Downtime: Orange, rail enquiries, viruses, Web 2.0 and drafts

Orange finds new ways to sell GPS, Downtime reveals the most talked-to man in the country, the virus turns 25, Web 2.0 used to find a cure for hiccups, drafts solved at last.

Orange peels back the layers of ignorance

If television show the Sopranos has taught us nothing else, it is that business and killing people quite often go hand in hand.

So Downtime was somewhat surprised to discover that when mobile operator Orange surveyed 308 companies in March, 66% were not aware of the Corporate Manslaughter and Corporate Homicide Bills.

Did these executives think that pleading ignorance would save them from a life spent in fear of dropping the soap in prison?

Inexplicably, many had not even taken the rudimentary step of buying Orange's GPS location devices, which, the mobile operator said, would help companies comply with new legislation. Clearly.

And the most talked to man in the country is...

Whose opinion would you guess is the most sought-after in Britain? School-dinner hero Jamie Oliver? Super-boffin Stephen Hawking? Not quite.

The answer is probably actor Jeremy Hancock. As the voice of speech recognition rail enquiry service TrainTracker, Jeremy gives advice to more than 16,000 people a day. "We have just received our 10 millionth caller," says National Rail Enquiries chief executive Chris Scoggins. "We believe Jeremy must be the most talked-to man in the country."

Not the most sought-after acting gig perhaps.

Spam candles aplenty as the virus turns 25

The virus reaches its quarter-century this month, but so far it has not declared any intention of paying rent or getting a girlfriend.

Naïve users may think that viruses began with the introduction of the PC and unsecured internet connections. However, the first computer viruses appeared as far back as 1982, about a year after IBM unveiled its first PC on an unsuspecting public.

The first virus was Elk Cloner, apparently created by a high-school student from Pittsburgh, which was spread between Apple II computers via floppy discs.

Elk Cloner's destructive potential was limited to a couple of verses of poetry, probably bemoaning the difficulty of securing a girl's affection and the appalling unfairness of parents. In typically lackadaisical teenage fashion, however, the poem only appeared on every 50th booting.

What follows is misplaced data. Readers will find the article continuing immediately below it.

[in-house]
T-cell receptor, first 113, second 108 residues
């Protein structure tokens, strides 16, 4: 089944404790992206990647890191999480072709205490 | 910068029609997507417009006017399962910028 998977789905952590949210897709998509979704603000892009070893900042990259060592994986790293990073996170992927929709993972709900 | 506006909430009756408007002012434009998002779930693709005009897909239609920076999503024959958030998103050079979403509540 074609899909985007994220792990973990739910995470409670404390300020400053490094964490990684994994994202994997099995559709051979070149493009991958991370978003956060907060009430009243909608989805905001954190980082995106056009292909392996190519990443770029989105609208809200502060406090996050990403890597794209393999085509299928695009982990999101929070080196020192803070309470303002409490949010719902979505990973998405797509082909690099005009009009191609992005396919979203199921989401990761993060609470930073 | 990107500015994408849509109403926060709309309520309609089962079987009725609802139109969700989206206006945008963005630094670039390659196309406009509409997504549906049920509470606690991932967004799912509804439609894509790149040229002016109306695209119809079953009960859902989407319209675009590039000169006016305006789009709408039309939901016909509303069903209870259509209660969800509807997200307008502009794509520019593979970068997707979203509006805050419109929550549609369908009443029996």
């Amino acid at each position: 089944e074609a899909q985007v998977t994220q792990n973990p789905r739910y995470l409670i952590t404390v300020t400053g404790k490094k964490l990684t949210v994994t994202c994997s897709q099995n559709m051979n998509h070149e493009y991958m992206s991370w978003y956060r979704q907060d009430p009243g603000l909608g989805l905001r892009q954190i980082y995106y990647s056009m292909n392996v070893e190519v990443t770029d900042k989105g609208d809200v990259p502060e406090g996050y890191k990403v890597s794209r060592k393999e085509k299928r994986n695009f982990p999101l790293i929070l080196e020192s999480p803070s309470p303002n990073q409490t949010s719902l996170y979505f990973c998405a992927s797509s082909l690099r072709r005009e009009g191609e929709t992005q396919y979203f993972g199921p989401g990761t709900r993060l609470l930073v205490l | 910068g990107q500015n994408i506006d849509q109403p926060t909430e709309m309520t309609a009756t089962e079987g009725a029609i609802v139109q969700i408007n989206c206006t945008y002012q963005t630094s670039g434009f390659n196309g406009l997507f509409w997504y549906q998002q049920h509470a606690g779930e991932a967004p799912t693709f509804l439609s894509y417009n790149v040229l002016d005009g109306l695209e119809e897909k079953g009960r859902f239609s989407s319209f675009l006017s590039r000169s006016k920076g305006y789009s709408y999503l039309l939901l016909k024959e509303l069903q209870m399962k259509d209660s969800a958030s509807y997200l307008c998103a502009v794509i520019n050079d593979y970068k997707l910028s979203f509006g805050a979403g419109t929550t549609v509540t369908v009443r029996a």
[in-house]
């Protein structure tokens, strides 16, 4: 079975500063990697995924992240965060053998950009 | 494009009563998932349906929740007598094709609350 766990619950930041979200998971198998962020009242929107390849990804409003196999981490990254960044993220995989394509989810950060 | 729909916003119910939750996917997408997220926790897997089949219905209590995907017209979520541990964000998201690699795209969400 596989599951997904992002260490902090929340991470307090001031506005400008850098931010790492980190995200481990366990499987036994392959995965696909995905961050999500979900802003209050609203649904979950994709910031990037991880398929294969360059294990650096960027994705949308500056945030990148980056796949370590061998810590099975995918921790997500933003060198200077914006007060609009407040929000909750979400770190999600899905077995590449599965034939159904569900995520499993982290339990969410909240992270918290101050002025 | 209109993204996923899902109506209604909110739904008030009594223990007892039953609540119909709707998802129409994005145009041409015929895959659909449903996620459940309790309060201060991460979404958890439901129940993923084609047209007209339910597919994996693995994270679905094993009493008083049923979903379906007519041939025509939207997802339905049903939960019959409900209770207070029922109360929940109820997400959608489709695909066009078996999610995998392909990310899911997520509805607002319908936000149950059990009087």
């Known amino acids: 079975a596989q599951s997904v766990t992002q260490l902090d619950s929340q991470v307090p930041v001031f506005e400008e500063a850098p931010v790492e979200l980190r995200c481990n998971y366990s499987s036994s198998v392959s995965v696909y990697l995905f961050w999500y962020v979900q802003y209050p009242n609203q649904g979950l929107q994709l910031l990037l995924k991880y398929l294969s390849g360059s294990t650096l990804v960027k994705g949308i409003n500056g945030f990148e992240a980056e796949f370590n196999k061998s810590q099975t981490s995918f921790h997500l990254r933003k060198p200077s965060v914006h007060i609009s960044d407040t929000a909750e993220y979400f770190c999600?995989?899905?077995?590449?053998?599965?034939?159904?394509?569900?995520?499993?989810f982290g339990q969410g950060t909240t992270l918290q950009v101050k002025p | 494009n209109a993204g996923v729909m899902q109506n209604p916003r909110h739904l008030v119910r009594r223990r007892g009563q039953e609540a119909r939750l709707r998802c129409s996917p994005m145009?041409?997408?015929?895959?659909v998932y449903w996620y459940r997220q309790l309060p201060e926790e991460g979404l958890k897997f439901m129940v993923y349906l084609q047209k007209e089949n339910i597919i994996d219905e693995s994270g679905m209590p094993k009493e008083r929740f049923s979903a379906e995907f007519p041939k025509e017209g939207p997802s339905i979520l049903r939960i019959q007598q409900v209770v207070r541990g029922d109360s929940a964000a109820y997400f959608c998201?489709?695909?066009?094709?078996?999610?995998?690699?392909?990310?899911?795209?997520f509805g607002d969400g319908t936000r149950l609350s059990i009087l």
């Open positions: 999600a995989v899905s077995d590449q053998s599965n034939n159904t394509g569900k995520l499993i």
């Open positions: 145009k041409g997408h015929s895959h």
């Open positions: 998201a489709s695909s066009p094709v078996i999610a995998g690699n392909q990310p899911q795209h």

Web 2.0 can't quite beat curative power of vodka

After suffering from hiccups for five months, musician Christopher Sands decided it was time to set up a MySpace blog in search of a cure, reports the Daily Telegraph.

Sands has tried every well-known remedy, such as drinking water from the opposite side of a glass and subjecting himself to shocks, but has not yet been able to shake the hiccups.

So far, the shining promise of Web 2.0 has been unable to help, and only alcohol seems to offer any relief. "I wonder if the doctors are just going to start prescribing me vodka?" Sands writes. "It probably did not cure them, I was just too drunk to care."

After 20 years, perfect draughts player arrives

A team of Canadian scientists has created a draughts-playing computer program which they say can win or draw any game, against any player.

Draughts may seem a simple game, but the scientists say it took an average of 50 computers nearly 20 years to sift through the 500 billion billion possible draughts positions.

Jonathan Schaeffer, lead author of the program, told the BBC, "This was a huge computational problem to solve - more than a million times bigger than anything that had ever been solved before."

Schaeffer said: "I think we've raised the bar - and raised it quite a bit - in terms of what can be achieved in computer technology and artificial intelligence."

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